2:32:32 PM                                                                                                                    
                                                                                                                                
CHAIR CLAMAN  surmised that the less  restrictive alternatives in                                                               
HB  75,  page  4,  would  be specific  to  the  less  restrictive                                                               
alternatives  for the  guns  at issue  rather  than removing  the                                                               
guns.                                                                                                                           
                                                                                                                                
MS. KRALY noted that that is how she read the bill.                                                                             
                                                                                                                                
2:32:56 PM                                                                                                                    
                                                                                                                                
REPRESENTATIVE REINBOLD surmised that  the fact specific analysis                                                               
(audio difficulties) more restrictive has  to work.  For example,                                                               
it may be  less of a burden  to the state if the  neighbor with a                                                               
locked  safe,  locks  up  the  person's  guns,  rather  than  law                                                               
enforcement confiscating  the guns.   She commented that  she was                                                               
trying  to think  of effective  and less  burdensome alternatives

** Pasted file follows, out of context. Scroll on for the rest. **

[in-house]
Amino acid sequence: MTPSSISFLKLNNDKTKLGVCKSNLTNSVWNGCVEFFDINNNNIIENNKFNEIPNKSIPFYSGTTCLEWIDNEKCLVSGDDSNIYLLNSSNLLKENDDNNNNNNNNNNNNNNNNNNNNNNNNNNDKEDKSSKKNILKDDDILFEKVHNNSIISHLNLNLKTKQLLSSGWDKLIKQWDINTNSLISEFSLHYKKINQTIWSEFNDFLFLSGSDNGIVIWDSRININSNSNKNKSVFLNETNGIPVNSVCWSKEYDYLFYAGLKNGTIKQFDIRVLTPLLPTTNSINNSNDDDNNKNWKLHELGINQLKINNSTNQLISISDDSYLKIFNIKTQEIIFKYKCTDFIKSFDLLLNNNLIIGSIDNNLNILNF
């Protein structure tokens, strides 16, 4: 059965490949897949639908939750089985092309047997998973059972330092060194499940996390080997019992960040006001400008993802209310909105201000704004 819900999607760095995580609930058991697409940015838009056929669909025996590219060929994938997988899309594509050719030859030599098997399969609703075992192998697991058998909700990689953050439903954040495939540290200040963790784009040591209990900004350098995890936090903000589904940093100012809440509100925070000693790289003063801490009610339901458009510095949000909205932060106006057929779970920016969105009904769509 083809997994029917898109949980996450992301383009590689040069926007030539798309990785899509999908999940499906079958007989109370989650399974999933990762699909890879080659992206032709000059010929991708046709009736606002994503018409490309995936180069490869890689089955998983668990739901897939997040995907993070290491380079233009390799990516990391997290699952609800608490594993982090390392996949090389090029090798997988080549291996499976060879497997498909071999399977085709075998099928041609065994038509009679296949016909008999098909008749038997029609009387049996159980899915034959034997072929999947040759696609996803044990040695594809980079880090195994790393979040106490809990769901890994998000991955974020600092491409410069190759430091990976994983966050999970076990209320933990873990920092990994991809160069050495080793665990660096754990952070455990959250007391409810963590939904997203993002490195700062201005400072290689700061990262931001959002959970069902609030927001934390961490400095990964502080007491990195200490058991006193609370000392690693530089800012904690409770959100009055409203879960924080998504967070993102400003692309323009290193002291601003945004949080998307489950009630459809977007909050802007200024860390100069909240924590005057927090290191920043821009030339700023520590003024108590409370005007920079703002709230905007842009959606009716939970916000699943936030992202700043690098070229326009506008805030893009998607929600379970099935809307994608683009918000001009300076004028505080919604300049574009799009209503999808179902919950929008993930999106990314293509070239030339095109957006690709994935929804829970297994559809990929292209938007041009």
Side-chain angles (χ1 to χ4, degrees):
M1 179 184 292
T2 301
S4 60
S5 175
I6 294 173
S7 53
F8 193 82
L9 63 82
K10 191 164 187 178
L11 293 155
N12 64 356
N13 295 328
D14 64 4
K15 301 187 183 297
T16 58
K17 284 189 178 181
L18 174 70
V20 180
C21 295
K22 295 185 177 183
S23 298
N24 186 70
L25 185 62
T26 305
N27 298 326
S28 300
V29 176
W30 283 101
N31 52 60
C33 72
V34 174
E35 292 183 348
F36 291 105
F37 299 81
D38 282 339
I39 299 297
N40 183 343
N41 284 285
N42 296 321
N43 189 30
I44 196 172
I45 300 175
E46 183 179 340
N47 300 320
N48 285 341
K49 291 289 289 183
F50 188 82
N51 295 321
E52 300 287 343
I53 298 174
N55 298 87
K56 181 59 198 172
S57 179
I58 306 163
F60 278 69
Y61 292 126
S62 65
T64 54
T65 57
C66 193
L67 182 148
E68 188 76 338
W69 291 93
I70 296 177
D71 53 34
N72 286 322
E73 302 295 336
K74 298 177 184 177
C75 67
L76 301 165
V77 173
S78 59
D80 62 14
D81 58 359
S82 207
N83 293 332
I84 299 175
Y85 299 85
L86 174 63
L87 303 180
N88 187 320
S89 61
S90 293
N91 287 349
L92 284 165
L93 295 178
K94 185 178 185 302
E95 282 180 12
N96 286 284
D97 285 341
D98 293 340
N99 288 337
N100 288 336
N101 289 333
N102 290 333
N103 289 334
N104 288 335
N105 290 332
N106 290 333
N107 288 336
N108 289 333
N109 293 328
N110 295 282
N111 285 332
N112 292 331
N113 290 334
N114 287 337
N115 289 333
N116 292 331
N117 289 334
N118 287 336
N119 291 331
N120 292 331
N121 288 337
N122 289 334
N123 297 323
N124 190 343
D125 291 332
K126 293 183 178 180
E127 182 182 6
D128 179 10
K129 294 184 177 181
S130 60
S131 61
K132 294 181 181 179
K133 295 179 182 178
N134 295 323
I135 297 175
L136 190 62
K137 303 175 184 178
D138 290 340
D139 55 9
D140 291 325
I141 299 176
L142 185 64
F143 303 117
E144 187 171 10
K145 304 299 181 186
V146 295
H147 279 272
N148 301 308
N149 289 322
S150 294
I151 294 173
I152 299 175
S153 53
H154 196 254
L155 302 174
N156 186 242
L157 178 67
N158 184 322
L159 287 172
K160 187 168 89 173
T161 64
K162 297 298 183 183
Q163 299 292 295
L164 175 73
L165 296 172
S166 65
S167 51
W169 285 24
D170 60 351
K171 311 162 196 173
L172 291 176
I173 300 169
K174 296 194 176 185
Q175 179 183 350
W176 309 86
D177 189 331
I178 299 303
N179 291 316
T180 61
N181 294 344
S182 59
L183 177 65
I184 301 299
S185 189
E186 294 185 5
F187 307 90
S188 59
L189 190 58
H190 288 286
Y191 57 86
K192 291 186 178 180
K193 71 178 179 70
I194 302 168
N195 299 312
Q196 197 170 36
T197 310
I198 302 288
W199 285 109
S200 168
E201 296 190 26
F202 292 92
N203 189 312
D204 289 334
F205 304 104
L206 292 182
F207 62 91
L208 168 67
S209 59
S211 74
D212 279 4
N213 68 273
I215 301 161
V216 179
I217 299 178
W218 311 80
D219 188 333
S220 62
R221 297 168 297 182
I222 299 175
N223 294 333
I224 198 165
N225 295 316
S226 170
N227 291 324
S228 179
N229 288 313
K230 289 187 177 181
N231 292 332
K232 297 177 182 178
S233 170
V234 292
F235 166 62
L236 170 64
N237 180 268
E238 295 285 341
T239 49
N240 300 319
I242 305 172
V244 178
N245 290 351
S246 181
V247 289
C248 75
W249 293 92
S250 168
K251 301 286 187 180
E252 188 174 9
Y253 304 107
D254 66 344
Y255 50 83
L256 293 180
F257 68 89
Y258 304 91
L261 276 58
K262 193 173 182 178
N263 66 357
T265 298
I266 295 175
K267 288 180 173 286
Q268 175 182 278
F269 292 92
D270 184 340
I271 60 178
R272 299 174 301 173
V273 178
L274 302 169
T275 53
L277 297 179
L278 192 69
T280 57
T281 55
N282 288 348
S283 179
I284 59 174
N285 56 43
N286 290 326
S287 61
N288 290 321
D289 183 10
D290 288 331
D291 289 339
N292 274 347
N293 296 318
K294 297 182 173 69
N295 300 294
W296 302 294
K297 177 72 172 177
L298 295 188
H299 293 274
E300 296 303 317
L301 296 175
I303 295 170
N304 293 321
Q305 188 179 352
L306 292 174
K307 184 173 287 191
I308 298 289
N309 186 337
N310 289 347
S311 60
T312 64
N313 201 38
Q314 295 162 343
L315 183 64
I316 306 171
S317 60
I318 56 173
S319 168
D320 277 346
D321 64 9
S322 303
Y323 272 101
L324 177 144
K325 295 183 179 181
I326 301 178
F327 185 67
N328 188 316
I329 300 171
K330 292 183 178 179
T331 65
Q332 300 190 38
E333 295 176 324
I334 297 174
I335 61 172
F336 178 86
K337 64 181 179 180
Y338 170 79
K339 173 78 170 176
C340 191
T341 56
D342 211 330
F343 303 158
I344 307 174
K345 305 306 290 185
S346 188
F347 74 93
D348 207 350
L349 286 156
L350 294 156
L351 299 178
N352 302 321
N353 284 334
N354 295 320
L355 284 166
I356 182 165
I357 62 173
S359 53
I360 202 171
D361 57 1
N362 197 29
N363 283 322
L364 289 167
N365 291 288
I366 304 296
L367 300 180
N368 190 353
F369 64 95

for  the state  and possibly  more comfortable  alternatives "for                                                               
the accused."  (Audio difficulties throughout this testimony."                                                                  
                                                                                                                                
MS.  KRALY answered  that that  is exactly  the type  of evidence                                                               
that would  be presented to  a judge.   The judge  would evaluate                                                               
whether they  believed locking  a person's  guns in  a neighbor's                                                               
locked safe  was an  appropriate disposition,  such that  the gun                                                               
violence  protective order  was  not necessary  because the  guns                                                               
were safe.                                                                                                                      
                                                                                                                                
CHAIR  CLAMAN   advised  Representative  Reinbold  that   in  the                                                               
evidentiary context, what would more likely arise would be that                                                                 
                                                                                                                                
"the person came  to the court and said, 'I  asked this person in                                                               
my house  'Can I put  your guns  in the next-door  neighbor's gun                                                               
safe  because I  think you  are a  risk to  yourself?'   And, the                                                               
person said, 'You  can't -- no, I  won't let you put  the guns in                                                               
the neighbor's gun safe.'  So,  the likelihood is that you're not                                                               
going  to  get  someone  in  court saying,  'the  guns  from  the                                                               
neighbor's gun safe'  you are going to get the  person saying, 'I                                                               
tried to  get them in the  neighbor's gun safe and  they wouldn't                                                               
agree.'"                                                                                                                        
                                                                                                                                
2:34:48 PM                                                                                                                    
                                                                                                                                
REPRESENTATIVE  REINBOLD asked  whether  an  amendment should  be